Two weeks ago I was in the warm, comforting environment of my mentor group meet-up when my mentor asked me point blank, “How is your career planning going?” In that moment, I froze. I couldn’t remember what the status of my soul searching future career plan was. I then remembered I had begun thinking seriously about post-graduate plans some time ago, only to let them get pushed to the back-burner by more pressing present day lab work and life events. After all, most of my post-graduate plans rely on having a PhD, so I can’t forget about that! Perhaps my procrastination was in part due to some fear of the ever-looming question mark that I felt like I was always facing. Doesn’t sound familiar at all, right my fellow PhD students *wink, wink*.
It’s taken me a long time to come to a point of acceptance that it’s okay not to have every little detail planned out about the future because so much of it may be hinging upon future outcomes that I cannot predict (as much as I shake my magic 8 ball). However, I’m realizing it’s helpful and appropriate to have some sense of what I want to do (broadly speaking should be okay) to help guide my current endeavors. I have begun facing these ominous questions not as an act of escapism of my present day graduate school life, but to ensure that I’m doing the best work that I can do now to put me in a position that I want to be in in the future. It’s important to remember that we got to where we currently are by hard work, and we can’t stop that hard work because we are afraid of unknowns (i.e. what career path is best for us). In my opinion, one the most important things that have helped me face the scary question mark that is my future has been a better understanding of myself and what I desire in my life to be happy. We need to be realistic with ourselves and not force ourselves into a glass slipper that just doesn’t fit.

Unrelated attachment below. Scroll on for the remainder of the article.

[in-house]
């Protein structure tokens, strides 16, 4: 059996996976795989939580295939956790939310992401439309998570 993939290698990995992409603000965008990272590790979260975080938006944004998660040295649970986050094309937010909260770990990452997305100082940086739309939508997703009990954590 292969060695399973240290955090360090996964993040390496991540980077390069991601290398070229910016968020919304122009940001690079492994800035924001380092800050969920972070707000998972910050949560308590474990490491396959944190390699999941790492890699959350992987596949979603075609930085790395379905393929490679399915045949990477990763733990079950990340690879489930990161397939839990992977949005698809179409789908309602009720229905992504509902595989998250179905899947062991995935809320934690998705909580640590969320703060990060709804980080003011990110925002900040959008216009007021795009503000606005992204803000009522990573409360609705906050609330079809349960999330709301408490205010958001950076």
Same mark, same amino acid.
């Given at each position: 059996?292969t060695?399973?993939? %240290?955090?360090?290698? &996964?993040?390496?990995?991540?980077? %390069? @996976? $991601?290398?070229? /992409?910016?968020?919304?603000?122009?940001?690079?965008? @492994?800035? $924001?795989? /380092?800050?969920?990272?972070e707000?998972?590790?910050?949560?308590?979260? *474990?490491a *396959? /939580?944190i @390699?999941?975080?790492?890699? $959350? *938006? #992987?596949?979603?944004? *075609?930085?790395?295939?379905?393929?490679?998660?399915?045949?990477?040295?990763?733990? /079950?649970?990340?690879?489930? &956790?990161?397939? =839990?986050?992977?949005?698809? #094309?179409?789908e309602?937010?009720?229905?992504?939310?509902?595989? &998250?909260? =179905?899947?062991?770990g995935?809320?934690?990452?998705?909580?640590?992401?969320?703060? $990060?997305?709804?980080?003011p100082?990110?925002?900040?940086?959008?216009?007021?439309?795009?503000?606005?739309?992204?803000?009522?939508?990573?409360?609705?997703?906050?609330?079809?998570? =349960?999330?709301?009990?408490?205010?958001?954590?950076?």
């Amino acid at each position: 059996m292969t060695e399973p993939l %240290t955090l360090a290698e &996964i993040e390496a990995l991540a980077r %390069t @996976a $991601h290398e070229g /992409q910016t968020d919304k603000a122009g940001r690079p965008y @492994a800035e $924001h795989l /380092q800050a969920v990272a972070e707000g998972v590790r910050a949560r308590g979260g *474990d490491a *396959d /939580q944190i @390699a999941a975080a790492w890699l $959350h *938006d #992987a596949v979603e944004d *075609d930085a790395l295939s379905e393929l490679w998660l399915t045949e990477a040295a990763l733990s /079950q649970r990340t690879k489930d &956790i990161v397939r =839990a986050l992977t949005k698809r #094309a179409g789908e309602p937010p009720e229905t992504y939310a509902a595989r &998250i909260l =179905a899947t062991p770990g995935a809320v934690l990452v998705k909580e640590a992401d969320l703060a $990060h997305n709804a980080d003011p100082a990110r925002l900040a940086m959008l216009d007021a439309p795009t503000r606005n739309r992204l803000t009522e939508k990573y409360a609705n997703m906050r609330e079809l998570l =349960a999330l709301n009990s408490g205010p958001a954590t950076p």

So, happiness, huh? And no, I don’t mean the happiness of other people around you, but your very own individual happiness. Something that each and every one of us deserves to have. I began to better understand myself and what I require for happiness through my practice of mindfulness meditation. Mindfulness has helped me be honest with myself, even if that honesty scares me for many reasons (do I *really* want a career as a tenure-track faculty member of an undergraduate-focused academic institution?!). Another source of clarity that I found from mindfulness was a better understanding of my personality, my strengths, and my weaknesses. The big question is does everything line up? Do my characteristics mesh well with my desired career option. If yes, great! What do I need to do now to be in the best position possible when it comes to finding that job. If no, can I look more honestly at career options that are more suitable for who I am? Personally, I have felt more peace in this process thanks to my practice in mindfulness. The whole process of needing to stay grounded in the present moment while facing the future is so contradictory. However, facing the future while being grounded in the present moment will likely provide paramount perspective. With that, I’ll say thanks as always for stopping by this week’s Mindful Path to PhD! Comment below with your own thoughts/ advice on how you face the future.